Richard Turley is set to make waves in the design world at a completely new port of call: MTV.
Viacom CEO Philippe Dauman was upbeat on Wednesday's earnings call, and had reason to be: the network's fortunes on the ad sales front at MTV Networks, which has had a rough few quarters, were up 10 percent year-over-year, a respectable rise back into the black (ad revenue was down 6 percent in the same quarter last year).
Can a network merge its digital unit with the rest of the corporate structure? Comedy Central thinks it can—today, the network is announcing it’s done exactly that. The next question, of course, is how the agency and client worlds will react.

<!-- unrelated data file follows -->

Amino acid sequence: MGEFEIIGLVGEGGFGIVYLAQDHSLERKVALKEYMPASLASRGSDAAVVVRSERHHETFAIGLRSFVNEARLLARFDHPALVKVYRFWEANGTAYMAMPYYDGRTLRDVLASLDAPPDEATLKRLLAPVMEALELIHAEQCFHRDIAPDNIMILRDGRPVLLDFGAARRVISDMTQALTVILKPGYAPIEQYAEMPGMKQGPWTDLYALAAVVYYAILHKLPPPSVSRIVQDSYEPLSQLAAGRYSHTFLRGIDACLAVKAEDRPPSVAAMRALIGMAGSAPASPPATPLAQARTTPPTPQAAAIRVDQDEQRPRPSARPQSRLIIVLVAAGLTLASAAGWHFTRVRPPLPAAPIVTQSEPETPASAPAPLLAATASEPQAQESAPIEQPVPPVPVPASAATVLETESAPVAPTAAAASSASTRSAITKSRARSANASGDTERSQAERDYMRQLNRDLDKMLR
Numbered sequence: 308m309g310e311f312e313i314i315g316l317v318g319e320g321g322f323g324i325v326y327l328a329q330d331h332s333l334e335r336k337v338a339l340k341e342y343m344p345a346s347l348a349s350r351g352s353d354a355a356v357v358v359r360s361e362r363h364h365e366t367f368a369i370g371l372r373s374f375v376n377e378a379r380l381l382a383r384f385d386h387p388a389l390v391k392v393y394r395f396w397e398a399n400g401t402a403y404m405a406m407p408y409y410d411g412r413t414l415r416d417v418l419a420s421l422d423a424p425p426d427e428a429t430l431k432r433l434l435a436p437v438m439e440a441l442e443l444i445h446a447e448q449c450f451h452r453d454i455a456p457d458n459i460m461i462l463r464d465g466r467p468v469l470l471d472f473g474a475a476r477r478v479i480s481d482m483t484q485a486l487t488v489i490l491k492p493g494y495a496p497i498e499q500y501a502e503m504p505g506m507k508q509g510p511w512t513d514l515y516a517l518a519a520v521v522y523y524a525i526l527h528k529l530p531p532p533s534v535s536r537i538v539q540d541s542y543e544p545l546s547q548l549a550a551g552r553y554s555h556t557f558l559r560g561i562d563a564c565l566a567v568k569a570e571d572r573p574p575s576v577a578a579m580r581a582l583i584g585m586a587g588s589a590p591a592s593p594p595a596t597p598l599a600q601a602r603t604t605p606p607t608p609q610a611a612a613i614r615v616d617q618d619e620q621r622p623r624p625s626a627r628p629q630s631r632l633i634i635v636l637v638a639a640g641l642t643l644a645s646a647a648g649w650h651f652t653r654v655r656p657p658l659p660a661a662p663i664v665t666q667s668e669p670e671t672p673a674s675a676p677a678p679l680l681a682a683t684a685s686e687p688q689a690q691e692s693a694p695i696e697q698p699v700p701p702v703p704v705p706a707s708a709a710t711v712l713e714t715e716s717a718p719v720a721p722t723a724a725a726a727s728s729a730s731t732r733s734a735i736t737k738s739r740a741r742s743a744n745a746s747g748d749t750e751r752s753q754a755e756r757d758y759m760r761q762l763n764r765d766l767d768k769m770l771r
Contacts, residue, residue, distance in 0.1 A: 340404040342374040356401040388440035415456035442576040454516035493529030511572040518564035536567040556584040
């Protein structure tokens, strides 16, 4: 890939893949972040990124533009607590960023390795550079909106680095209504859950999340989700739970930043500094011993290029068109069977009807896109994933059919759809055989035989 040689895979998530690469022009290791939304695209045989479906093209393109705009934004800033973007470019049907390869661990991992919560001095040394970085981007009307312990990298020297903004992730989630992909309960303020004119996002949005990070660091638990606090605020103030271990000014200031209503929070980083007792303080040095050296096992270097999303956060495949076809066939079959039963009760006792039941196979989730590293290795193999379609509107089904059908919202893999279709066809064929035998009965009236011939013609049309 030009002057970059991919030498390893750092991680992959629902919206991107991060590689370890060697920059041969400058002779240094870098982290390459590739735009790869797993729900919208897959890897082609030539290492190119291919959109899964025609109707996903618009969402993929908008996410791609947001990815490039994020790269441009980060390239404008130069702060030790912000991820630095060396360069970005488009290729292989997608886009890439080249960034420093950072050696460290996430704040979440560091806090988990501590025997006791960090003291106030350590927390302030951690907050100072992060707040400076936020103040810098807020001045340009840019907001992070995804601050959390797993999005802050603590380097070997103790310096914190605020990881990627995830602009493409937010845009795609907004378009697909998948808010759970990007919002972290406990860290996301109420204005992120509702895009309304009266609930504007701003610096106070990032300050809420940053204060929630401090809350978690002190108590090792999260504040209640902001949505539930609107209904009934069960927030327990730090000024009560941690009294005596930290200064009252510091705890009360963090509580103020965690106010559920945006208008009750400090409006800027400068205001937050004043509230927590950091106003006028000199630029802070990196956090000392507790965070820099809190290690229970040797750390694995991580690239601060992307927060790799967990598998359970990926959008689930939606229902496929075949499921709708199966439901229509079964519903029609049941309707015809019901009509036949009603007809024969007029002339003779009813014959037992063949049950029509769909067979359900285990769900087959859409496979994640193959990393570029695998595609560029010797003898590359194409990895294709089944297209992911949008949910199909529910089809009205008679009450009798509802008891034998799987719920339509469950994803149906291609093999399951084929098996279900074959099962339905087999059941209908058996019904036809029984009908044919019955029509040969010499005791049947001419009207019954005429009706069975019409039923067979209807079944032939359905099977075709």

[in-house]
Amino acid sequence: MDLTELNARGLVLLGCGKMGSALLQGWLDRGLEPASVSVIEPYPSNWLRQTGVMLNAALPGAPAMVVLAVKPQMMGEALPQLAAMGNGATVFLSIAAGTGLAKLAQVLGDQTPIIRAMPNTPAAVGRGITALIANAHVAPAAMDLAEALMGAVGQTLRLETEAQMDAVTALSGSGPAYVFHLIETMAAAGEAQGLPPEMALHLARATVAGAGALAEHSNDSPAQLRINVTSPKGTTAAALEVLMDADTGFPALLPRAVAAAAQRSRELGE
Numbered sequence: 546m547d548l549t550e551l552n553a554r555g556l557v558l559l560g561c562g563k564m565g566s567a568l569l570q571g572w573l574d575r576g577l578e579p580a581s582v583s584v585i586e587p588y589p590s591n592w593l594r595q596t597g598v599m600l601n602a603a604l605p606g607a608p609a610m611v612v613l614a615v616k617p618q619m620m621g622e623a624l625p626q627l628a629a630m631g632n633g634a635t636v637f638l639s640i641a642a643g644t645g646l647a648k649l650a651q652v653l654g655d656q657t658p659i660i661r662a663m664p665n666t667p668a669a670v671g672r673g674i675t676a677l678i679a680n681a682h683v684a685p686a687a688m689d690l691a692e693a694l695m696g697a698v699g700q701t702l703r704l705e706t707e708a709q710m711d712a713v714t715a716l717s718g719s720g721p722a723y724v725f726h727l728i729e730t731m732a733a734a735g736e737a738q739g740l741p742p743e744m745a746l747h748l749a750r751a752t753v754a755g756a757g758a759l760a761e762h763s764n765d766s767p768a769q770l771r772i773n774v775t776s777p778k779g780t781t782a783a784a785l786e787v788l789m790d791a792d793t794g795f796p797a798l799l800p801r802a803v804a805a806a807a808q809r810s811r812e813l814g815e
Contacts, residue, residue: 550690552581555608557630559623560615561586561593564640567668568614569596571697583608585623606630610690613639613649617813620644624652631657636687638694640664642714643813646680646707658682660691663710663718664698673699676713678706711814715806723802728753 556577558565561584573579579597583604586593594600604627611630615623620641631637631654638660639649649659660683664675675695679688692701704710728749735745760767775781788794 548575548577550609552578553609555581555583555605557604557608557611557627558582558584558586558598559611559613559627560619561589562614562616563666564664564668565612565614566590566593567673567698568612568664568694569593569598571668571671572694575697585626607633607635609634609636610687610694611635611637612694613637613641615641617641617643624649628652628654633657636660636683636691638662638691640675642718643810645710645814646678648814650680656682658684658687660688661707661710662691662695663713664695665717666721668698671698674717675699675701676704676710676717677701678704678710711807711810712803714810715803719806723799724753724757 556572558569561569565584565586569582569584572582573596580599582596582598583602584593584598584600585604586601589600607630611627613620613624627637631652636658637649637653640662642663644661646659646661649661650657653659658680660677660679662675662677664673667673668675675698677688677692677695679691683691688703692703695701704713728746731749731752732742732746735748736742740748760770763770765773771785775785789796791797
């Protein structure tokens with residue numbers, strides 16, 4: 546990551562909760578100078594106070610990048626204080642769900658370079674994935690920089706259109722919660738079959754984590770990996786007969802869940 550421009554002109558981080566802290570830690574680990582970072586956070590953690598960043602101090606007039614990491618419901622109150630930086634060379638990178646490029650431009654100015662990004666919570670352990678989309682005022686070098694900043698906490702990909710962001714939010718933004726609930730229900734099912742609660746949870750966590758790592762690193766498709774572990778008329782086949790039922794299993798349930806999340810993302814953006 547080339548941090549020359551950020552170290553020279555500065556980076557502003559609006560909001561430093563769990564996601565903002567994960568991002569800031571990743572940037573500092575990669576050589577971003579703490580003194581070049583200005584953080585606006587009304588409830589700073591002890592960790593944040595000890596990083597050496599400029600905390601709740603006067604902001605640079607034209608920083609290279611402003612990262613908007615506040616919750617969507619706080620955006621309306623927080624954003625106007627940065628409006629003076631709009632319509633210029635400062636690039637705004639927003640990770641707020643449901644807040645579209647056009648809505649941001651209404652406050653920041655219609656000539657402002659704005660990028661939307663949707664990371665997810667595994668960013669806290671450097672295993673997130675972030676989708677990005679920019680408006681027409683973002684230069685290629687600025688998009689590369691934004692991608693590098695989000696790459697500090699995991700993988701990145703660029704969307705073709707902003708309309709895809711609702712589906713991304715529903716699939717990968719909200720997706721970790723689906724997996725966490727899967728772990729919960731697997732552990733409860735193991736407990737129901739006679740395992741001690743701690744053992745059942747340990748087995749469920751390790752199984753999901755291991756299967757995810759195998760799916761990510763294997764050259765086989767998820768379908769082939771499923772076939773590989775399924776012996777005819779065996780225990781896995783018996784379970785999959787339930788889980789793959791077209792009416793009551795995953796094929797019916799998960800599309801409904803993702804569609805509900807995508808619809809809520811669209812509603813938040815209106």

After jumping out to an early start on Wednesday, Fox steadily has been closing its 2013-14 upfront deals, writing business at slightly less inflated rates than in recent years.
MTV has always been about identifying the hottest trends at the moment (or even better, before) they permeate mainstream pop culture.
As most Teen Wolf lovers know, just watching the show's episodes on TV or online doesn’t nearly cut it. You need to chat with other fans.
The upfronts are supposed to be an opportunity for cable and broadcast networks—and now digital content providers—to unveil their slates of new programming before an audience of advertising executives, in a bid to impress said execs into turning their pockets inside out.
Nickelodeon’s ongoing ratings woes were the talk of Viacom’s fiscal second-quarter earnings call, as executives faced a litany of pointed questions about the network’s under-deliveries.
Viacom, the owner of Comedy Central, MTV, BET, VH1, Nickelodeon and movie studio Paramount, now has a blog.